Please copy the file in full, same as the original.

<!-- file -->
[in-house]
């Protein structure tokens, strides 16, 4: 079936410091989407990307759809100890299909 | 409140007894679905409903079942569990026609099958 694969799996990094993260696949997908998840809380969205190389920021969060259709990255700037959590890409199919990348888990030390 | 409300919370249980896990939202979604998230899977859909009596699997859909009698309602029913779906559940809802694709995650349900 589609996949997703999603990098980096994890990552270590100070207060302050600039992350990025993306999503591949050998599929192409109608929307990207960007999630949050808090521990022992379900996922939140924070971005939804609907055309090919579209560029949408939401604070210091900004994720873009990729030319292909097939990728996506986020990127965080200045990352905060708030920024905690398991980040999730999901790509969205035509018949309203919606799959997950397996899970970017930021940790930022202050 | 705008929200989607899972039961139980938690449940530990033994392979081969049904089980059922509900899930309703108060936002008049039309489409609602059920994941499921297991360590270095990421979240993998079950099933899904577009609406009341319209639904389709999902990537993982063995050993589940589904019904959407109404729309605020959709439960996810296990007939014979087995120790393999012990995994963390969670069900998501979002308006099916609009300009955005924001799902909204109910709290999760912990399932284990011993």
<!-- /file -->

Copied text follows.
[in-house]
């Protein structure tokens, strides 16, 4: 079936410091989407990307759809100890299909 | 409140007894679905409903079942569990026609099958 694969799996990094993260696949997908998840809380969205190389920021969060259709990255700037959590890409199919990348888990030390 | 409300919370249980896990939202979604998230899977859909009596699997859909009698309602029913779906559940809802694709995650349900 589609996949997703999603990098980096994890990552270590100070207060302050600039992350990025993306999503591949050998599929192409109608929307990207960007999630949050808090521990022992379900996922939140924070971005939804609907055309090919579209560029949408939401604070210091900004994720873009990729030319292909097939990728996506986020990127965080200045990352905060708030920024905690398991980040999730999901790509969205035509018949309203919606799959997950397996899970970017930021940790930022202050 | 705008929200989607899972039961139980938690449940530990033994392979081969049904089980059922509900899930309703108060936002008049039309489409609602059920994941499921297991360590270095990421979240993998079950099933899904577009609406009341319209639904389709999902990537993982063995050993589940589904019904959407109404729309605020959709439960996810296990007939014979087995120790393999012990995994963390969670069900998501979002308006099916609009300009955005924001799902909204109910709290999760912990399932284990011993």